My Body Is a Witness for My Lord: Elizabeth's Pregnancy and Faith
Elizabeth and the Good News
Christian Williams asks great questions. She has a podcast coming up, and graciously invited me to talk with her about Elizabeth for an episode. And because of our lovely discussion (thank you, Christian!) I can’t stop thinking about her.
Elizabeth—descendant of Levi, old, and barren—appears “only” in the first chapter of Luke in the same way Melchizedek only appears in Genesis 14 to bless Abraham. Her witness is weighty. She is regarded by God, along with her husband Zechariah, as righteous—which would make her barrenness questionable. Why would a righteous woman be unable to have children? The culture regarded children as gifts from God who insured security and provision in old age. Lack of children was perceived as an obvious physical sign of God’s withholding of blessing. Elizabeth and Zechariah were already elderly and without children, which would leave many whispering about who sinned—Elizabeth, Zechariah, or perhaps their parents?—and perhaps louder griping about needing to extend charity to the old couple. They should have had children to ease the burden. Why didn’t they have children?
But the barrenness was not a punishment.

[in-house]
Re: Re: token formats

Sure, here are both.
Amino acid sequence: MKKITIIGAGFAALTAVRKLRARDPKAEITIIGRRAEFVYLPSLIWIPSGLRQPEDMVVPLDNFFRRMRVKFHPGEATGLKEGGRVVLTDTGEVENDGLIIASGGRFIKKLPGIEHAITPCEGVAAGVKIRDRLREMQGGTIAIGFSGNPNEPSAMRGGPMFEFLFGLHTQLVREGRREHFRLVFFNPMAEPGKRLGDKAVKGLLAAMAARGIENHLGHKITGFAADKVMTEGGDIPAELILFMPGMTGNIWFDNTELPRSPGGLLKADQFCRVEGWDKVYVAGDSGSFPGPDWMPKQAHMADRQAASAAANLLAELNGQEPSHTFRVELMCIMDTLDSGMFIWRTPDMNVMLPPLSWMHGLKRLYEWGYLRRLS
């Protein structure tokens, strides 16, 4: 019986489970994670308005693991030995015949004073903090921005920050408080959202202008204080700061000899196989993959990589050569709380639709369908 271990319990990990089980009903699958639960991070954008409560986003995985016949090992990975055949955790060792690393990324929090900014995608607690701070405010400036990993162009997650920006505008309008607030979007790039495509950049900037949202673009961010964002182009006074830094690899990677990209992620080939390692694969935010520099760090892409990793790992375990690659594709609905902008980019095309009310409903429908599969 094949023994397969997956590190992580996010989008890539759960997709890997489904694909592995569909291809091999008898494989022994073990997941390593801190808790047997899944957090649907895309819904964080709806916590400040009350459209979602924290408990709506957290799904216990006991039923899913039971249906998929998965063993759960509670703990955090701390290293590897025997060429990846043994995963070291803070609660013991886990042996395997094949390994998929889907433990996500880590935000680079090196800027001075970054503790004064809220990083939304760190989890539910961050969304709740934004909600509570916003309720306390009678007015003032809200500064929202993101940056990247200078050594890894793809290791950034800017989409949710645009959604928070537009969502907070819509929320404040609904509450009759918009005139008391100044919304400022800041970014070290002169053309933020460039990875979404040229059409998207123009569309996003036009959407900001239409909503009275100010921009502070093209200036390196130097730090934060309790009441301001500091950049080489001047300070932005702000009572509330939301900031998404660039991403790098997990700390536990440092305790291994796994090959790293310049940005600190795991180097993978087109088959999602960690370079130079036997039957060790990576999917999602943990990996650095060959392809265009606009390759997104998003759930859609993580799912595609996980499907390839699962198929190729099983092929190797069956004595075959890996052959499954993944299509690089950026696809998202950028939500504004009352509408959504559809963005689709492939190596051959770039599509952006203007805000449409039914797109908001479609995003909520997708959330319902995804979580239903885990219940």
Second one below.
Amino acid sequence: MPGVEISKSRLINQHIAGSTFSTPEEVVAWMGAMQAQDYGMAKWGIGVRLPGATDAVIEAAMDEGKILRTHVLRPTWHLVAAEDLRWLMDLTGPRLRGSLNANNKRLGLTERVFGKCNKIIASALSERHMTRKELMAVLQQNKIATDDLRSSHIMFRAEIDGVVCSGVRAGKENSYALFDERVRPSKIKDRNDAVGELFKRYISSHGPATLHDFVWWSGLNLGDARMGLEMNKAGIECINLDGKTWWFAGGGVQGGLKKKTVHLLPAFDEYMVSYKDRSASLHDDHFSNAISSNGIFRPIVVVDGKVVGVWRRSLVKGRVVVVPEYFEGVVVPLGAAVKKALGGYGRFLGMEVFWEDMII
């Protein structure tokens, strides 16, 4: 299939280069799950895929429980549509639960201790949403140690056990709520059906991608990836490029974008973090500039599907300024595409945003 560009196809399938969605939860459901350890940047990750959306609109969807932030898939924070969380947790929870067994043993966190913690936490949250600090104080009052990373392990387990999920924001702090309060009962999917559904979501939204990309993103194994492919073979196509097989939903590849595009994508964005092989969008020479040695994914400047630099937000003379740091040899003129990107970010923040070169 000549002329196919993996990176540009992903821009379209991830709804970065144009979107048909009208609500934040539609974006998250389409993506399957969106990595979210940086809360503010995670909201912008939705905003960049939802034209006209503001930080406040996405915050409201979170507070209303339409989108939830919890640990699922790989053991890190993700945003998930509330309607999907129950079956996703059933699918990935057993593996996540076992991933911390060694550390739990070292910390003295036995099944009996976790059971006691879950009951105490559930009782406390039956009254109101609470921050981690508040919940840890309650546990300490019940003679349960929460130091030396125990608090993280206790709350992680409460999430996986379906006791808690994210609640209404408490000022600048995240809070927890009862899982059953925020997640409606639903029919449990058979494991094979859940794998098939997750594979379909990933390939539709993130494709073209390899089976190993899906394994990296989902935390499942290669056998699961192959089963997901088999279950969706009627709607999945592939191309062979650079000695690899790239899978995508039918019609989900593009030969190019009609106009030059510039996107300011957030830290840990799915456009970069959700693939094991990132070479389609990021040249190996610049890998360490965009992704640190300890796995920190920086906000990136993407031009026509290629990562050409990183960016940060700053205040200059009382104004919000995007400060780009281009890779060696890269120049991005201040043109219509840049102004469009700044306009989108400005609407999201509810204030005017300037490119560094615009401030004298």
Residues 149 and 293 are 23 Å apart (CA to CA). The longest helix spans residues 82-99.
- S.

The barrenness was not a punishment.
There are people who need to read that twice. I am in that number. Some of us are accused of living in sin for just living in our bodies: those of us who have survived miscarriage and pregnancy loss; those of us who have been reviled and isolated for being single and child-free; those of us who are treated as invisible as we’ve aged; those of us living with chronic illness.
The grace of God was present in Elizabeth’s life before anything supernatural took place. She was “righteous in the sight of God,” without a baby. This woman’s life was enough for the living God. Enough all by herself. May we all live long and still have the descriptor of our lives: “righteous in the sight of God.”
An ancient African American proverb states, “worry about yourself,” yet we are too keen to focus our log-laden vision upon the piety of others, wrongly and often. We’ve cursed the people God has blessed, because our eyes are not trained to discern righteousness with the capacious generosity of the Lord. Too many of us were trained to look at Zechariah—Levite, priest, man—and conflate his righteousness with his social location. He looks even more selfless for staying married to a barren, old woman when he could have just had her put away. He’s blessed because he looks blessed; he fits the profile.